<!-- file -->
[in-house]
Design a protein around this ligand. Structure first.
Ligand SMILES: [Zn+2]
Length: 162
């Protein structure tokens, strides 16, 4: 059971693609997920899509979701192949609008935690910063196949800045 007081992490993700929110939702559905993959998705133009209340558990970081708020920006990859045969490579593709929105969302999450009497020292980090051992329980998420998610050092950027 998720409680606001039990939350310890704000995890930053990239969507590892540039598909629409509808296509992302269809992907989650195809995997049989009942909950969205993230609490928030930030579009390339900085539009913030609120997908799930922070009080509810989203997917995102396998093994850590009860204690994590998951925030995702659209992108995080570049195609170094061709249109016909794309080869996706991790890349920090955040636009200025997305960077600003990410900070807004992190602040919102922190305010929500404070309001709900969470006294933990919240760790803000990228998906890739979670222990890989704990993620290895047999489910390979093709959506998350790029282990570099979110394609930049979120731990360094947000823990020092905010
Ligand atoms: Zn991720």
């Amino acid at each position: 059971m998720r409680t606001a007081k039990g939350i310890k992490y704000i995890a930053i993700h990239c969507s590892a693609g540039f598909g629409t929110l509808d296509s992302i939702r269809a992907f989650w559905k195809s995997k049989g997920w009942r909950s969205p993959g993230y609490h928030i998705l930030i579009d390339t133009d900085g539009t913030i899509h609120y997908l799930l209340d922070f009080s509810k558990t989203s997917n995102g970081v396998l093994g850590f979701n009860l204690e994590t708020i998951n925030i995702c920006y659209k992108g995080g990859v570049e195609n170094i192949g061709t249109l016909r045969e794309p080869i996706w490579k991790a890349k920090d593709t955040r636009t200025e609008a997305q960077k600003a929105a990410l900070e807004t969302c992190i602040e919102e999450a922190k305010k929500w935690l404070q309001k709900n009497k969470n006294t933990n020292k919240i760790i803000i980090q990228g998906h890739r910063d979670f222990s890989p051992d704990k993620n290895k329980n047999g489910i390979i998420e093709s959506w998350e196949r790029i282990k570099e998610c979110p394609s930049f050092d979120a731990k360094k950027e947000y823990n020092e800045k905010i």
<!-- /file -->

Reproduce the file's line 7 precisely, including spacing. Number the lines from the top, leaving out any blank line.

């Amino acid at each position: 059971m998720r409680t606001a007081k039990g939350i310890k992490y704000i995890a930053i993700h990239c969507s590892a693609g540039f598909g629409t929110l509808d296509s992302i939702r269809a992907f989650w559905k195809s995997k049989g997920w009942r909950s969205p993959g993230y609490h928030i998705l930030i579009d390339t133009d900085g539009t913030i899509h609120y997908l799930l209340d922070f009080s509810k558990t989203s997917n995102g970081v396998l093994g850590f979701n009860l204690e994590t708020i998951n925030i995702c920006y659209k992108g995080g990859v570049e195609n170094i192949g061709t249109l016909r045969e794309p080869i996706w490579k991790a890349k920090d593709t955040r636009t200025e609008a997305q960077k600003a929105a990410l900070e807004t969302c992190i602040e919102e999450a922190k305010k929500w935690l404070q309001k709900n009497k969470n006294t933990n020292k919240i760790i803000i980090q990228g998906h890739r910063d979670f222990s890989p051992d704990k993620n290895k329980n047999g489910i390979i998420e093709s959506w998350e196949r790029i282990k570099e998610c979110p394609s930049f050092d979120a731990k360094k950027e947000y823990n020092e800045k905010i």